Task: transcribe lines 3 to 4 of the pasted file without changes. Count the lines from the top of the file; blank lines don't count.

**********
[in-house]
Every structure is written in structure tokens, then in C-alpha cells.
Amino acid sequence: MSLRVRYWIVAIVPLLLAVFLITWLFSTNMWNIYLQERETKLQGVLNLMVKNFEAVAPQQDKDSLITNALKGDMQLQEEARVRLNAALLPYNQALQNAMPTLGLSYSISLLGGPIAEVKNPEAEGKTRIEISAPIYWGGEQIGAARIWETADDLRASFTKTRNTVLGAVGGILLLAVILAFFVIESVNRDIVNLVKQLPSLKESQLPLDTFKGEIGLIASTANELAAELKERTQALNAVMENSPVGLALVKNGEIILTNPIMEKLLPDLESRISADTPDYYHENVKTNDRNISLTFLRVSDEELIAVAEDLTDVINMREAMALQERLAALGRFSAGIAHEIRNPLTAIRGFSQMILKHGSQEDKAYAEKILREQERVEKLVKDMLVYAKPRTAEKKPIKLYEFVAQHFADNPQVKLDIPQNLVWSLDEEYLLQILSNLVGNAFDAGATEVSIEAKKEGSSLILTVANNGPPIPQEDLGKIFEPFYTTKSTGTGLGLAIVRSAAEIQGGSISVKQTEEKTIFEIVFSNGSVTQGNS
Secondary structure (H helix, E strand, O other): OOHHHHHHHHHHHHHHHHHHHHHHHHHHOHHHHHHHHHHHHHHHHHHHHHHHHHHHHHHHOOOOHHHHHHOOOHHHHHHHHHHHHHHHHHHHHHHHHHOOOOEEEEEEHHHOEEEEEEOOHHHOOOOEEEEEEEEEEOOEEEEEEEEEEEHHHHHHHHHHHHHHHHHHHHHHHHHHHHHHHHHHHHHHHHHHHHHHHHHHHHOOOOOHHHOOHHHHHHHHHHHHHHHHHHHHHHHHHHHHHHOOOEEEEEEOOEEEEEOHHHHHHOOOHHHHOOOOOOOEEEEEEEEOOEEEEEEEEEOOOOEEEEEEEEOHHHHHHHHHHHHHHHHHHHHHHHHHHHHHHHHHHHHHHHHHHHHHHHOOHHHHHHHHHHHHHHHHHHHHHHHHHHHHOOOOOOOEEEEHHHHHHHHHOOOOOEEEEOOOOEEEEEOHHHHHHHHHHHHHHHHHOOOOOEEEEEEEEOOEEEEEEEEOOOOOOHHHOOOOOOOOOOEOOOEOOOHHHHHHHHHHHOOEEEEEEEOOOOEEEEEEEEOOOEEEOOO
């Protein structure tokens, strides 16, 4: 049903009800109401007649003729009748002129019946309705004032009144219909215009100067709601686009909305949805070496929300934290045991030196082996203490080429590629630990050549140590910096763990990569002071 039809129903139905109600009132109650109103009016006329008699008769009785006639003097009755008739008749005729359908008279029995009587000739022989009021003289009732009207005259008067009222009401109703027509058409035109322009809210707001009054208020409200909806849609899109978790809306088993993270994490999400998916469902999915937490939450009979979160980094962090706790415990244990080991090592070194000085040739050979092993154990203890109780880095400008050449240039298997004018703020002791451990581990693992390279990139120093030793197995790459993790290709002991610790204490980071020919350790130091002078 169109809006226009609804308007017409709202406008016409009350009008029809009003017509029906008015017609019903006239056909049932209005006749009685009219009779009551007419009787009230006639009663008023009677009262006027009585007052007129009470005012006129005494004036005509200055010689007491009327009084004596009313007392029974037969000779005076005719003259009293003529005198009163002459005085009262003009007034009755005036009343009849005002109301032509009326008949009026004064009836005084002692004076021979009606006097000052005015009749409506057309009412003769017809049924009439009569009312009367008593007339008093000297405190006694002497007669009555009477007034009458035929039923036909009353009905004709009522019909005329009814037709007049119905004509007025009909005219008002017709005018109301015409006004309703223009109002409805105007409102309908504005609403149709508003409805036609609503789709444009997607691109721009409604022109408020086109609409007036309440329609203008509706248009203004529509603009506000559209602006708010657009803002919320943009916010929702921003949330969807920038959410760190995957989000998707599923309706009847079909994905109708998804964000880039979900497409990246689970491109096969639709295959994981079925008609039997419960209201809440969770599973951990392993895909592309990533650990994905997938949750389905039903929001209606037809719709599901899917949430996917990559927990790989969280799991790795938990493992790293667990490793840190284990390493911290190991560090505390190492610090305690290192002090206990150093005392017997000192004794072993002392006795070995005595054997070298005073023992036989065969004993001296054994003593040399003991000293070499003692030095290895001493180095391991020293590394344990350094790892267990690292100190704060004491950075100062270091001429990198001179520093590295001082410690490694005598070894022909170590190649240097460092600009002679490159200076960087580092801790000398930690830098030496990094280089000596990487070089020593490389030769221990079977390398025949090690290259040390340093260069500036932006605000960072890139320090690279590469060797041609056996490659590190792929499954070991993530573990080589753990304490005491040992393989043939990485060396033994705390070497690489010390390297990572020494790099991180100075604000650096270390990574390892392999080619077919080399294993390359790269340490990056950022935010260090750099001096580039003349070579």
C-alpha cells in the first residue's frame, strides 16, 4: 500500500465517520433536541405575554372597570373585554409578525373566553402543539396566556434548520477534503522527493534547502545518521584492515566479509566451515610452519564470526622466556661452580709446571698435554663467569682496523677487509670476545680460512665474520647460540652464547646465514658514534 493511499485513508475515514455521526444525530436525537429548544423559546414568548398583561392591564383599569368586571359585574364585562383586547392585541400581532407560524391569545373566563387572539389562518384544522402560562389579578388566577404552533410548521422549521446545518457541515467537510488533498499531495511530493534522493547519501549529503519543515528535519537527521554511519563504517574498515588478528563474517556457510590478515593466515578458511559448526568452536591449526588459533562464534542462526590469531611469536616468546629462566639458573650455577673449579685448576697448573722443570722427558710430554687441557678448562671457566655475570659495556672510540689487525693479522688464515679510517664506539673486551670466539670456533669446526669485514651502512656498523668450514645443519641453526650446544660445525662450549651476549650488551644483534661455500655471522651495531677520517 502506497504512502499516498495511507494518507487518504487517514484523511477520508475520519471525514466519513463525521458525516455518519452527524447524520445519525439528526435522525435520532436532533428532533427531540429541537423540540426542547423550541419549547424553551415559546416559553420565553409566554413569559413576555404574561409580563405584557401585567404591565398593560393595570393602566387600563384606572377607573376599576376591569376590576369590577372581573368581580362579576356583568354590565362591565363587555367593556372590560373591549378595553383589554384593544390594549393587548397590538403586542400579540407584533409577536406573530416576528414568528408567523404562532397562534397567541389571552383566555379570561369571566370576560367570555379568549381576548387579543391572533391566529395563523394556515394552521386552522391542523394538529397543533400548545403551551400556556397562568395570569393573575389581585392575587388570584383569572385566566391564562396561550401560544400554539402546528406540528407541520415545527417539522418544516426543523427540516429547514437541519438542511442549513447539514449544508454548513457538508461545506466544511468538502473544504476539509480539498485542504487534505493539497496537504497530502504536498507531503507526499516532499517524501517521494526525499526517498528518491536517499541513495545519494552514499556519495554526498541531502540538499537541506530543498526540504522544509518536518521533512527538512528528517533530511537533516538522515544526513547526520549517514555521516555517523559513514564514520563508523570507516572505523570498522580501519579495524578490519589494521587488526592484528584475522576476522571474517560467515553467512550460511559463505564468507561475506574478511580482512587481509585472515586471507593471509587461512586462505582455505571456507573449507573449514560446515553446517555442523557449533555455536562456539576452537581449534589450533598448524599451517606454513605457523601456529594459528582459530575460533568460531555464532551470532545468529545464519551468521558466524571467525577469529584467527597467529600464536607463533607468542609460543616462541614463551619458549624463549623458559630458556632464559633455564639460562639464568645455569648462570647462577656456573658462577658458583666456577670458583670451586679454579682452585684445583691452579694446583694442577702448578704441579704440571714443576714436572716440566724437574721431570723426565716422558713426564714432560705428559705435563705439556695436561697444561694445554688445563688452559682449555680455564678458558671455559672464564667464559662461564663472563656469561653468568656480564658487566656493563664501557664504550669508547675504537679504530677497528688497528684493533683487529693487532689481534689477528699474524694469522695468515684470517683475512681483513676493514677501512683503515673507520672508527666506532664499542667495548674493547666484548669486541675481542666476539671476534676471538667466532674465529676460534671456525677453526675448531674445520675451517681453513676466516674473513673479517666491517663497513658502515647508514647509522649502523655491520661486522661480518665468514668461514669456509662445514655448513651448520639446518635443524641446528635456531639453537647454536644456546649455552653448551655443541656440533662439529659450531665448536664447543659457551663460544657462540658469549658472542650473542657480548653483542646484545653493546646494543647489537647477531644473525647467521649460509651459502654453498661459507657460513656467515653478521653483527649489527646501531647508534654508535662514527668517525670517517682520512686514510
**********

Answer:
Amino acid sequence: MSLRVRYWIVAIVPLLLAVFLITWLFSTNMWNIYLQERETKLQGVLNLMVKNFEAVAPQQDKDSLITNALKGDMQLQEEARVRLNAALLPYNQALQNAMPTLGLSYSISLLGGPIAEVKNPEAEGKTRIEISAPIYWGGEQIGAARIWETADDLRASFTKTRNTVLGAVGGILLLAVILAFFVIESVNRDIVNLVKQLPSLKESQLPLDTFKGEIGLIASTANELAAELKERTQALNAVMENSPVGLALVKNGEIILTNPIMEKLLPDLESRISADTPDYYHENVKTNDRNISLTFLRVSDEELIAVAEDLTDVINMREAMALQERLAALGRFSAGIAHEIRNPLTAIRGFSQMILKHGSQEDKAYAEKILREQERVEKLVKDMLVYAKPRTAEKKPIKLYEFVAQHFADNPQVKLDIPQNLVWSLDEEYLLQILSNLVGNAFDAGATEVSIEAKKEGSSLILTVANNGPPIPQEDLGKIFEPFYTTKSTGTGLGLAIVRSAAEIQGGSISVKQTEEKTIFEIVFSNGSVTQGNS
Secondary structure (H helix, E strand, O other): OOHHHHHHHHHHHHHHHHHHHHHHHHHHOHHHHHHHHHHHHHHHHHHHHHHHHHHHHHHHOOOOHHHHHHOOOHHHHHHHHHHHHHHHHHHHHHHHHHOOOOEEEEEEHHHOEEEEEEOOHHHOOOOEEEEEEEEEEOOEEEEEEEEEEEHHHHHHHHHHHHHHHHHHHHHHHHHHHHHHHHHHHHHHHHHHHHHHHHHHHHOOOOOHHHOOHHHHHHHHHHHHHHHHHHHHHHHHHHHHHHOOOEEEEEEOOEEEEEOHHHHHHOOOHHHHOOOOOOOEEEEEEEEOOEEEEEEEEEOOOOEEEEEEEEOHHHHHHHHHHHHHHHHHHHHHHHHHHHHHHHHHHHHHHHHHHHHHHHOOHHHHHHHHHHHHHHHHHHHHHHHHHHHHOOOOOOOEEEEHHHHHHHHHOOOOOEEEEOOOOEEEEEOHHHHHHHHHHHHHHHHHOOOOOEEEEEEEEOOEEEEEEEEOOOOOOHHHOOOOOOOOOOEOOOEOOOHHHHHHHHHHHOOEEEEEEEOOOOEEEEEEEEOOOEEEOOO